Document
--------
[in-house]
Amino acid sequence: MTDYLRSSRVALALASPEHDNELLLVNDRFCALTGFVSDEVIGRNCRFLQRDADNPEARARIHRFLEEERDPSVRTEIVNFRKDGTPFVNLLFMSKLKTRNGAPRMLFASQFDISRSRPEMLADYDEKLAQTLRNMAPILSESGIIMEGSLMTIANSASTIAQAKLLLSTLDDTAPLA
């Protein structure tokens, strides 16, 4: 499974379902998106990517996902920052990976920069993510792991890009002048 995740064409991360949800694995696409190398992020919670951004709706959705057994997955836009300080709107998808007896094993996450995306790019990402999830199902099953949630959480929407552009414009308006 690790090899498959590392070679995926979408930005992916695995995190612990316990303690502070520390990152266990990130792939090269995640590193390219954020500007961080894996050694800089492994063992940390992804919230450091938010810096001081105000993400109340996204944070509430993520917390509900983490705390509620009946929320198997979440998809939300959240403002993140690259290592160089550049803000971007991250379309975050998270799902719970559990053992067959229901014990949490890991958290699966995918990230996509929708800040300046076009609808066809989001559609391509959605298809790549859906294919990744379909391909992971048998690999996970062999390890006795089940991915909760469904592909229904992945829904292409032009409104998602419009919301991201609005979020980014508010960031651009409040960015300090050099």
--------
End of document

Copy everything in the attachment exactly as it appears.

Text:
[in-house]
Amino acid sequence: MTDYLRSSRVALALASPEHDNELLLVNDRFCALTGFVSDEVIGRNCRFLQRDADNPEARARIHRFLEEERDPSVRTEIVNFRKDGTPFVNLLFMSKLKTRNGAPRMLFASQFDISRSRPEMLADYDEKLAQTLRNMAPILSESGIIMEGSLMTIANSASTIAQAKLLLSTLDDTAPLA
């Protein structure tokens, strides 16, 4: 499974379902998106990517996902920052990976920069993510792991890009002048 995740064409991360949800694995696409190398992020919670951004709706959705057994997955836009300080709107998808007896094993996450995306790019990402999830199902099953949630959480929407552009414009308006 690790090899498959590392070679995926979408930005992916695995995190612990316990303690502070520390990152266990990130792939090269995640590193390219954020500007961080894996050694800089492994063992940390992804919230450091938010810096001081105000993400109340996204944070509430993520917390509900983490705390509620009946929320198997979440998809939300959240403002993140690259290592160089550049803000971007991250379309975050998270799902719970559990053992067959229901014990949490890991958290699966995918990230996509929708800040300046076009609808066809989001559609391509959605298809790549859906294919990744379909391909992971048998690999996970062999390890006795089940991915909760469904592909229904992945829904292409032009409104998602419009919301991201609005979020980014508010960031651009409040960015300090050099």